“And the worst of it is,” the priest said, “while the people are earning their living on these roads their fields will be lying idle, and there will be no crops next year.”
 Father MacTurnan began to think of the cardinals and the transaction of business in the Vatican; cardinals and ministers alike are the dupes of convention. Only those who are estranged from habits and customs can think straightforward.
 “If, instead of insisting on these absurd roads, the Government would give me the money, I should be able to feed the people at a cost of about a penny a day, and they would be able to sow their potatoes. And if only the cardinals would consider the rescission of the decree on its merits Ireland would be saved from Protestantism.”
 Some cardinal was preparing an answer — an answer might be even in the post. Rome might not think his letter worthy of an answer.
 A few days afterwards the inspector called to show him a letter he had just received from the Board of Works, and Father James had to write many letters and had to go to Dublin, and in the excitement of these philanthropic activities the emigration question was forgotten. He was talking to the inspector about the possibility of obtaining a harbour when the postman handed him a letter.
 “This is a letter from Father Moran. The Bishop wishes to see me. We will continue the conversation to-morrow. It is eight miles to Rathowen, and how much further is the Palace?”
 “A good seven,” said the inspector. “You’re not going to walk it, your reverence?”
 “Why not? In four hours I shall be there.” He looked at his boots first, and hoped they would hold together; and then he looked at the sky, and hoped it would not rain.
 The sky was dim; all the light seemed to be upon the earth; a soft, vague sunlight floated over the bog. Now and again a yellow-hammer rose above the tufts of coarse grass and flew a little way. A line of pearl-coloured mountains showed above the low horizon, and he had walked eight miles before he saw a pine-wood. Some hundred yards further on there was a green field, but under the green sod there was peat, and a man and a boy were cutting it. The heather appeared again, and he had walked ten miles before he was clear of whins and heather.
 He walked on, thinking of his interview with the Bishop, and was nearly at the end of his journey when he noticed that one of his shoes had come unsewn, and he stopped at a cabin; and while the woman was looking for a needle and thread he mopped his face with a great red handkerchief that he kept in the pocket of his threadbare coat — a coat that had once been black, but had grown green with age and weather. He had out-walked himself, and feeling he would be tired, and not well able to answer the points that the Bishop would raise, he decided to rest awhile. The woman had found some beeswax, and he stopped half an hour stitching his shoe under the hawthorn that grew beside the cabin.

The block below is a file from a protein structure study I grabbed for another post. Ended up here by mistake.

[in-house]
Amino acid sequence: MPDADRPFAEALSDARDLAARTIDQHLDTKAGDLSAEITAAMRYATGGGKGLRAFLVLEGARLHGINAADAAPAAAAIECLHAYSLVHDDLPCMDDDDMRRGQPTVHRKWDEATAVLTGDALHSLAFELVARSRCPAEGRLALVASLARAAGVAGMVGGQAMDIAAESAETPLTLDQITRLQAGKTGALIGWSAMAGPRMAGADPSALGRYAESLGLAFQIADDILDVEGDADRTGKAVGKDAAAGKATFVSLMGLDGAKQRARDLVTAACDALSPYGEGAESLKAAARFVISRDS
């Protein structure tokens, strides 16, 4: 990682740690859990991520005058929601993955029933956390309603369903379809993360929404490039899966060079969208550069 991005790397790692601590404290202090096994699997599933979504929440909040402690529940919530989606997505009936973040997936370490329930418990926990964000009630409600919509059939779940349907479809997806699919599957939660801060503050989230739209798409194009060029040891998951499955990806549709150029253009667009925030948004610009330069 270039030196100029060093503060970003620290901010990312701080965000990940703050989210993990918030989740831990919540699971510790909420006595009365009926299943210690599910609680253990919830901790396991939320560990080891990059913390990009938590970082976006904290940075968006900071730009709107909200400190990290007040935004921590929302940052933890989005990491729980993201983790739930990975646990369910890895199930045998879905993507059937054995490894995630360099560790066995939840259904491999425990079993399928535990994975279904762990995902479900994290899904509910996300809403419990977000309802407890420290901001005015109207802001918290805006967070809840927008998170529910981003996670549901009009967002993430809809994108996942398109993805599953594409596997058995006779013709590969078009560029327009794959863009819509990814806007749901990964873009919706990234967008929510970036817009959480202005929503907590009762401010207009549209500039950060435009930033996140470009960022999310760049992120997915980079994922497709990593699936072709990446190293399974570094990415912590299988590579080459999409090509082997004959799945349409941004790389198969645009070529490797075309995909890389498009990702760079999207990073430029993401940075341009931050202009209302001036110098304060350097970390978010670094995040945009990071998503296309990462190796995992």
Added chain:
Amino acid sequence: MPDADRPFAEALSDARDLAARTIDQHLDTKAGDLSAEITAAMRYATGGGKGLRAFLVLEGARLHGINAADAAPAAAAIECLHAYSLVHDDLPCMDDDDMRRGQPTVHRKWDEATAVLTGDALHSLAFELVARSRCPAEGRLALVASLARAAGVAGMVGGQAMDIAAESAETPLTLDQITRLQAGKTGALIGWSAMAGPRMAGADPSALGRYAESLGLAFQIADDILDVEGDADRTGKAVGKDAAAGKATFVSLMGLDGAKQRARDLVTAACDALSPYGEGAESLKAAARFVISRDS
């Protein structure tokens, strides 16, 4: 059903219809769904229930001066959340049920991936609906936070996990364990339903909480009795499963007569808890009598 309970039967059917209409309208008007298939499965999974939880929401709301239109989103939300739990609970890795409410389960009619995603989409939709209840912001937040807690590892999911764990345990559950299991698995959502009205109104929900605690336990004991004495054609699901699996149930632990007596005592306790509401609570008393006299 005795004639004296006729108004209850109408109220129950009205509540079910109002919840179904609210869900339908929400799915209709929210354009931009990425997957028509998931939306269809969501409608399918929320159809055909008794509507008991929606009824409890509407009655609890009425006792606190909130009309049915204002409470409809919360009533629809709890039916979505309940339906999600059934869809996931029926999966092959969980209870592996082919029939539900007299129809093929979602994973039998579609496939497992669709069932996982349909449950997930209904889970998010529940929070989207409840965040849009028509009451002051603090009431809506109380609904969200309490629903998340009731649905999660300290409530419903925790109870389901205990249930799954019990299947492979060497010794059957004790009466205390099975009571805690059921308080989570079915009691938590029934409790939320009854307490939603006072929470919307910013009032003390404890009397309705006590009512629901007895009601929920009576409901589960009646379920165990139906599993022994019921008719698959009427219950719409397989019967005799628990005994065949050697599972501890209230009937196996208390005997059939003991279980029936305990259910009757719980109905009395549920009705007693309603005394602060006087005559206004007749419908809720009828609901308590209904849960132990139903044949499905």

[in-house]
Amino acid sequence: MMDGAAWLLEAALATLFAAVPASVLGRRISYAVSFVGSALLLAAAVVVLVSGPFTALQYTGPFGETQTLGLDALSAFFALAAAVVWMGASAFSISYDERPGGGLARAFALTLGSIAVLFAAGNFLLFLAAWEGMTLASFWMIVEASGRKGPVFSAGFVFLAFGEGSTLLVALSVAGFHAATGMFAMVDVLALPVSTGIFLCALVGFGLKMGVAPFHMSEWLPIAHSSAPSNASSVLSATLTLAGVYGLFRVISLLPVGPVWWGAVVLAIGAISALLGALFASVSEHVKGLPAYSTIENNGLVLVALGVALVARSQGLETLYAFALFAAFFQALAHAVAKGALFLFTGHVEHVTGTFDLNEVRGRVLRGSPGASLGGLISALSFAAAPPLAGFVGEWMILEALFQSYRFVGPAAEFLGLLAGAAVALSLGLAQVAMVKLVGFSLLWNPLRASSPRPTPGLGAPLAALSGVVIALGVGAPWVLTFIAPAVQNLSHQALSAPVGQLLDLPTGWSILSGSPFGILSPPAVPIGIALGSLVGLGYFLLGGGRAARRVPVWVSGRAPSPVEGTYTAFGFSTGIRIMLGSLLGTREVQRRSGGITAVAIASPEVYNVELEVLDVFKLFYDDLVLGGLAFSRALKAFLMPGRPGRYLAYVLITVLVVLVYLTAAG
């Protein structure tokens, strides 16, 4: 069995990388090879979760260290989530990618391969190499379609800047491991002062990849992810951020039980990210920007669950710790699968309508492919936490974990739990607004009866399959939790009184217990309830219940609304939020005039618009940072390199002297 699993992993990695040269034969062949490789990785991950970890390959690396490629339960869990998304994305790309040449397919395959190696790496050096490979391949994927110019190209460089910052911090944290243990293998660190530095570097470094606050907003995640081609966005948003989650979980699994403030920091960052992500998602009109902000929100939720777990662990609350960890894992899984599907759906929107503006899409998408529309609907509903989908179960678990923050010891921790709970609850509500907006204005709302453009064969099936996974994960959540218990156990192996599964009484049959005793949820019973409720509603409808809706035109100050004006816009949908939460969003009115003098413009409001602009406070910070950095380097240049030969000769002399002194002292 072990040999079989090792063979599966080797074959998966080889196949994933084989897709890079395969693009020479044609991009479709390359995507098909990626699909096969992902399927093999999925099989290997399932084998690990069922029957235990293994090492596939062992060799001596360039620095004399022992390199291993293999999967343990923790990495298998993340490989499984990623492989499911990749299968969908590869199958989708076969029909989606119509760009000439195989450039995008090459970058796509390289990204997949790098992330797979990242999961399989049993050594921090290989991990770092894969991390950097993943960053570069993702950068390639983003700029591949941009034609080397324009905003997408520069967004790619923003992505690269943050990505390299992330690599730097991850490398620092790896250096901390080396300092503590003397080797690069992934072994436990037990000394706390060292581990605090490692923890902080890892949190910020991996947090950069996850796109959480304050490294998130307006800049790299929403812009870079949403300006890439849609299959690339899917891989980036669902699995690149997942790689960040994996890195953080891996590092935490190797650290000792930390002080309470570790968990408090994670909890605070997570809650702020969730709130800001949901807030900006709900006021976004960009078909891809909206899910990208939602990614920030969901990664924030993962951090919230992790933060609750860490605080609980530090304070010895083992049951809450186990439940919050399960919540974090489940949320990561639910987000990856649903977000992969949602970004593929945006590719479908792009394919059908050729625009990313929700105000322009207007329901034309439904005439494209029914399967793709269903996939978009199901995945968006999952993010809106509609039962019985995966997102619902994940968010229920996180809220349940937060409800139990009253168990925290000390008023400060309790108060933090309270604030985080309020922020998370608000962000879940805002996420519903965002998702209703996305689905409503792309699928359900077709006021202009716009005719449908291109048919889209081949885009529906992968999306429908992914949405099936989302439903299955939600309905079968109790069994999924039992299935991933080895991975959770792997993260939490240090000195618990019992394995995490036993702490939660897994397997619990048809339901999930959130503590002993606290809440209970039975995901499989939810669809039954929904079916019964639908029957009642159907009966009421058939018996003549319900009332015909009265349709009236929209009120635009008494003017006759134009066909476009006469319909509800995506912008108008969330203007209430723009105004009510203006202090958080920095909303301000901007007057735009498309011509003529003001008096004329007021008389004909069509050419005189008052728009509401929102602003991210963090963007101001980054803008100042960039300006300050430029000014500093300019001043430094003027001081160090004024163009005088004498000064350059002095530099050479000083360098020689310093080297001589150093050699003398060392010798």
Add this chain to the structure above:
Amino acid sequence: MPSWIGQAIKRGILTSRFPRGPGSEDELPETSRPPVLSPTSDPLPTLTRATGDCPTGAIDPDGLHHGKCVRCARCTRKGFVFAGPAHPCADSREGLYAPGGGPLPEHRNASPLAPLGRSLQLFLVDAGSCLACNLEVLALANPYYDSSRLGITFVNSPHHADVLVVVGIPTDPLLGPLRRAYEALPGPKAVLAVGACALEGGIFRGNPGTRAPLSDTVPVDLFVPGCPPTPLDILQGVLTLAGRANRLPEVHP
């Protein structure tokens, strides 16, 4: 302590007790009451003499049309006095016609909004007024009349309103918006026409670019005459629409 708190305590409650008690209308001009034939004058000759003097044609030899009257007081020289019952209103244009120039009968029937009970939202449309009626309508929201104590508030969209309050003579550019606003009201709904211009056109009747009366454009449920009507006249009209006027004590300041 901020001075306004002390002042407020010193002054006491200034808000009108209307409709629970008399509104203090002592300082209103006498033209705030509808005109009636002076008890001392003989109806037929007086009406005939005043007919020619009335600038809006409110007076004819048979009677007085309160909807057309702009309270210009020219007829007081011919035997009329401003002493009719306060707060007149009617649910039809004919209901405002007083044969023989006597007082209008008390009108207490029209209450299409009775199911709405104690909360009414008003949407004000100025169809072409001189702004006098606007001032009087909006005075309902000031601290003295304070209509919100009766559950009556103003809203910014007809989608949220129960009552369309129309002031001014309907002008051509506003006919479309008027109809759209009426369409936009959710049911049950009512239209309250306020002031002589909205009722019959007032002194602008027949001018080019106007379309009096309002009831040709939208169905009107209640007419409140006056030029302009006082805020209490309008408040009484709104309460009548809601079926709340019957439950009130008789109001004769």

He was still two miles from the Palace, and this last two miles proved very long. He arrived footsore and covered with dust, and he was so tired that he could hardly get up from his chair to receive Father Moran when he came into the parlour.
 “You seem to have walked a long way, Father MacTurnan.”
 “About fifteen miles. I shall be all right presently. I suppose his Grace does not want to see me at once.”
 “Well, that’s just it. His Grace sent me to say he would see you at once. He expected you earlier.”
 “I started the moment I received his Grace’s letter. I suppose his Grace wishes to see me regarding my letter to Rome.”
 The secretary hesitated, coughed, and Father MacTurnan wondered why Father Moran looked at him so intently. He returned in a few minutes, saying that his Grace was sorry that Father MacTurnan had had so long a walk. He hoped that he would rest awhile and partake of some refreshment… . The servant brought in some wine and sandwiches, and the secretary returned in half an hour. His Grace was now ready to receive him. Father Moran opened the library door, and Father MacTurnan saw the Bishop — a short, alert man, about fifty-five, with a sharp nose and grey eyes and bushy eyebrows. He popped about the room and gave his secretary many orders. Father MacTurnan wondered if the Bishop would ever finish talking to his secretary. He seemed to have finished, but a thought suddenly struck him, and he followed his secretary to the door, and Father MacTurnan began to fear that the Pope had not decided to place the Irish clergy on the same footing as the Greek clergy. If he had, the Bishop’s interest in these many various matters would have subsided; his mind would be engrossed by the larger issue. On returning from the door his Grace passed Father MacTurnan without speaking to him, and going to his writing table he began to search amid his papers. At last Father MacTurnan said: —
 “Maybe your Grace is looking for my letter to Rome?”
 “Yes,” said his Grace, “do you see it?”
 “It’s under your Grace’s hand, those blue papers.”
 “Ah, yes,” and his Grace leaned back in his arm-chair, leaving Father MacTurnan standing.
 “Won’t you sit down, Father MacTurnan?” he said casually. “You’ve been writing to Rome, I see, advocating the revocation of the decree of celibacy. There’s no doubt the emigration of Catholics is a very serious question. So far you have got the sympathy of Rome, and, I may say of myself; but am I to understand that it was your fear for the religious safety of Ireland that prompted you to write this letter?”
 “What other reason could there be?”